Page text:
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What is paper trading?
Financial markets attract scores of new UK traders every day. Many of these traders are looking to make short-term UK trades, while others prefer to be long-term traders. There is a degree of apprehension among new traders, given that they can lose real money from their trading activity. It should be noted that all forms of trading activity are inherently risky. To mitigate these concerns, brokers provide a variety of tools and resources to accommodate first-time traders. These are designed to help you improve your online trading skills, to enhance the success of your trading activity. One of these tools is known as paper trading.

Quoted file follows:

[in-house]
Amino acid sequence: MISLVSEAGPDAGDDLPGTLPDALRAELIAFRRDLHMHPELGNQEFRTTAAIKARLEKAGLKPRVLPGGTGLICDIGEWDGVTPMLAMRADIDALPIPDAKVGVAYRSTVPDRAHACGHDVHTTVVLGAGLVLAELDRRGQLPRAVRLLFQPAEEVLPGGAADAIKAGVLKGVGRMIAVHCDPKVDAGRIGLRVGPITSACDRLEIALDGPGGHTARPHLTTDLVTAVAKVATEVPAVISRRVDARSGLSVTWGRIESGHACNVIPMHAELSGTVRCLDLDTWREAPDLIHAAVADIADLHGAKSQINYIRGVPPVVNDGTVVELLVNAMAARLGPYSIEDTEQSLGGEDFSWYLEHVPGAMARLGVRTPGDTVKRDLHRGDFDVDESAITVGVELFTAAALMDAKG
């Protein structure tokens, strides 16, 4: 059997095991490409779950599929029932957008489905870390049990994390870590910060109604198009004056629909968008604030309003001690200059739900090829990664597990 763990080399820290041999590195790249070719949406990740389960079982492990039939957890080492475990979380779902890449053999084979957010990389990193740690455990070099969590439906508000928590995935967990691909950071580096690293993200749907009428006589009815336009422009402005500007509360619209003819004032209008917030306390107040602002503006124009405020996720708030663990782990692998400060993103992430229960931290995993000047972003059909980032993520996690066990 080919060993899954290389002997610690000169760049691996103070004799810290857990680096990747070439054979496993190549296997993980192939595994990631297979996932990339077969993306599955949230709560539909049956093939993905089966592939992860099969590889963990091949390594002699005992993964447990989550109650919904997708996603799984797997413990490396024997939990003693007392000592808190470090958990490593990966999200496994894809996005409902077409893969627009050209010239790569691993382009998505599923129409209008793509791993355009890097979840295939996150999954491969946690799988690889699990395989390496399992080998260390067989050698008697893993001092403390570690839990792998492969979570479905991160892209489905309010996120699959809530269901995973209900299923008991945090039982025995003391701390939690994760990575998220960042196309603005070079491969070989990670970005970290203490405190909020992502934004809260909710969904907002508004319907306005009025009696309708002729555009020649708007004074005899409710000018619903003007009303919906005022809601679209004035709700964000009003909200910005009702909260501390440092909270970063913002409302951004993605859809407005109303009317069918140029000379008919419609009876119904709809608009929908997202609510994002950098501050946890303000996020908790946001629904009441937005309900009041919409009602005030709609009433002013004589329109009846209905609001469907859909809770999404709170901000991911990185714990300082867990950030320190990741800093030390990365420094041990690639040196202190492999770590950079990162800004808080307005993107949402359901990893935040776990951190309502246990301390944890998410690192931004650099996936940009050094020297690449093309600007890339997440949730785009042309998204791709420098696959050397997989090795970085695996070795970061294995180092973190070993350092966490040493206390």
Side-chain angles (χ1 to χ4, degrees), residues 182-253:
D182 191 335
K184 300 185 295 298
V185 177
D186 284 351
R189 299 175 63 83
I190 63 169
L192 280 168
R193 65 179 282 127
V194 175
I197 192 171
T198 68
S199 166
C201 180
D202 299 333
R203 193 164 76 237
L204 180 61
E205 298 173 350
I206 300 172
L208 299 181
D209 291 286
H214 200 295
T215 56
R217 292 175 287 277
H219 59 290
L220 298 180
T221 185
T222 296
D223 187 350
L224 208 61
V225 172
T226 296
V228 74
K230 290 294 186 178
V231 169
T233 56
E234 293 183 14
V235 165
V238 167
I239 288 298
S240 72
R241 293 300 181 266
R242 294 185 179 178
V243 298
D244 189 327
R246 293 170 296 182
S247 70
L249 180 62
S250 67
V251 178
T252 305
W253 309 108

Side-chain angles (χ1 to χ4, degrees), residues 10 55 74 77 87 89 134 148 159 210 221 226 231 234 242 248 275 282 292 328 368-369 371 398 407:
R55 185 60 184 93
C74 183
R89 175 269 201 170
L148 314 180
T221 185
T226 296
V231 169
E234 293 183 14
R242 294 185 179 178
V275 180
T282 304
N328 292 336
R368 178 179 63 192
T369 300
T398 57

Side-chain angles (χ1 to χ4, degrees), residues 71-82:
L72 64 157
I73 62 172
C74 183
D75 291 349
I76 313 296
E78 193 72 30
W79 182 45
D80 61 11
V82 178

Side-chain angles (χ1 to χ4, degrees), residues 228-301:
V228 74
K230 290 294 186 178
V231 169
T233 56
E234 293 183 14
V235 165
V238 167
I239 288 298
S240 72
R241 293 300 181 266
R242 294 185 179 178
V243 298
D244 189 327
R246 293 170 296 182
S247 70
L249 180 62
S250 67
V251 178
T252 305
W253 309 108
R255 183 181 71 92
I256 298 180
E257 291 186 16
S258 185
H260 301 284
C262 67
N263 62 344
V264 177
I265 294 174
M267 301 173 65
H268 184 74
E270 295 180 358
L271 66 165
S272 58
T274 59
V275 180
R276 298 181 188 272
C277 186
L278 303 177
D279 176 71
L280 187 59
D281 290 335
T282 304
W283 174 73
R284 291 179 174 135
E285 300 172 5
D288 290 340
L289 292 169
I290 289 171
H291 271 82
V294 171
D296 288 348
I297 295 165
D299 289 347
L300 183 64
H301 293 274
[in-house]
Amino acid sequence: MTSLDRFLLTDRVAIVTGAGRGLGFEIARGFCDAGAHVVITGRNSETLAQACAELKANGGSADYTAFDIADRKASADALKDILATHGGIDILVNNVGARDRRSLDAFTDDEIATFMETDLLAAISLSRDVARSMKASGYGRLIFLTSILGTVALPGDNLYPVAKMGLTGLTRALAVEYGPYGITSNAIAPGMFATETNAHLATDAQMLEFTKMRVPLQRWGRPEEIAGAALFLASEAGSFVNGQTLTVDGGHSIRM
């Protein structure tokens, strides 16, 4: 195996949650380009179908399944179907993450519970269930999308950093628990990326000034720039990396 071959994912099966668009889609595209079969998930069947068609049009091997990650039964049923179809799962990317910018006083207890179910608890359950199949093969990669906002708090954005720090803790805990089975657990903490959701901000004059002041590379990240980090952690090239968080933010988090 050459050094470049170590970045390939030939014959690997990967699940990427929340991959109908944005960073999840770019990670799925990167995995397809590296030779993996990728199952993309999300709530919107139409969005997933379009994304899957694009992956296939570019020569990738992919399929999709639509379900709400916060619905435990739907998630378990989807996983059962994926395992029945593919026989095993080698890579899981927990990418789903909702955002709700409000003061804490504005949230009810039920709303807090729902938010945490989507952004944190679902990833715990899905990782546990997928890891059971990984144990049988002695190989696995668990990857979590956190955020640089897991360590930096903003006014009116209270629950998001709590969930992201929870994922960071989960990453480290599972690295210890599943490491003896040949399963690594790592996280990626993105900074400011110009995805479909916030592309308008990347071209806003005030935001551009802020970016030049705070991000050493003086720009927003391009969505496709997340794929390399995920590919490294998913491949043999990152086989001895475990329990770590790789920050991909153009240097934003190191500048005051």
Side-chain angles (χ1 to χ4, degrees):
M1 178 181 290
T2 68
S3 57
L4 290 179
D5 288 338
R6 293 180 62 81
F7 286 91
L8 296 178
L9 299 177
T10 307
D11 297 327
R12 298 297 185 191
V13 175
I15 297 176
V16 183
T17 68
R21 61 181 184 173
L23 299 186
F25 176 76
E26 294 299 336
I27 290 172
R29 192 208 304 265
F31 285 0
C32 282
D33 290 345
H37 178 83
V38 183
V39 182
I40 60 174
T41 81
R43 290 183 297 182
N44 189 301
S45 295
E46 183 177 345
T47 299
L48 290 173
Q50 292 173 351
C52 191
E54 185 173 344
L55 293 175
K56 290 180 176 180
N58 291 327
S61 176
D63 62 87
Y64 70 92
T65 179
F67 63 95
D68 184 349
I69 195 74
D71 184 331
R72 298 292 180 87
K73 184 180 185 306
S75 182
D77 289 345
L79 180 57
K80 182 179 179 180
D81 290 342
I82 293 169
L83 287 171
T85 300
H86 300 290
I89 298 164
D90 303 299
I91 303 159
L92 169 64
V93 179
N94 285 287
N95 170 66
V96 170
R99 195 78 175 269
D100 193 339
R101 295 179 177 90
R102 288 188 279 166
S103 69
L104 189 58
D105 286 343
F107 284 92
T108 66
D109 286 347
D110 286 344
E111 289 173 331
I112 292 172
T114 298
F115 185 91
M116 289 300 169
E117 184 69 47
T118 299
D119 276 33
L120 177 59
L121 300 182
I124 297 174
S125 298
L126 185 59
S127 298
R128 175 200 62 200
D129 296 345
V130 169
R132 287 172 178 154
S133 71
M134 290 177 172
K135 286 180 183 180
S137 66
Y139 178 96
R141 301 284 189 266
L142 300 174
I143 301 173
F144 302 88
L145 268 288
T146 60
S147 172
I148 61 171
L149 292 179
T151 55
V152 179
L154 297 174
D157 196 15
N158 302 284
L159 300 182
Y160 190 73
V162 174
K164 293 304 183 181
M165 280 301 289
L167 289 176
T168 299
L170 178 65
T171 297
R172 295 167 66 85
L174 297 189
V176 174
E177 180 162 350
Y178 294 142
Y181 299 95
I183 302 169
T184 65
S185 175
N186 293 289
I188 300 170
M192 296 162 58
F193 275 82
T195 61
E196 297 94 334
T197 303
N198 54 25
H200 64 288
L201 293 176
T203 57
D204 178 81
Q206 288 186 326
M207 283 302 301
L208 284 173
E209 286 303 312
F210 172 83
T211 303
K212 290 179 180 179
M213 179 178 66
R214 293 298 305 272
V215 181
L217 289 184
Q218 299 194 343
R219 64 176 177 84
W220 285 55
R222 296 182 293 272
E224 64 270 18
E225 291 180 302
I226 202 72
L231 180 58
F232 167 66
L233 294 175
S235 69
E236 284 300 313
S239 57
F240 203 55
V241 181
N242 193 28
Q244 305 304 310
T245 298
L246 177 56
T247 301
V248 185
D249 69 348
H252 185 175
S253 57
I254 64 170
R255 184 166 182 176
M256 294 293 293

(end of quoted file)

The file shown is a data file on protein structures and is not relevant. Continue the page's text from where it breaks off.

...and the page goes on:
It is unlikely that you will hear the term being bandied about too often, since the more familiar term is demo trading, or a demo account. The concept of paper trading emanates from the stock trading markets where investors would practice their trades by writing them down on a piece of paper and then follow the market movements to determine if they were successful.
Benefits of Paper Trading
Zero risk Trading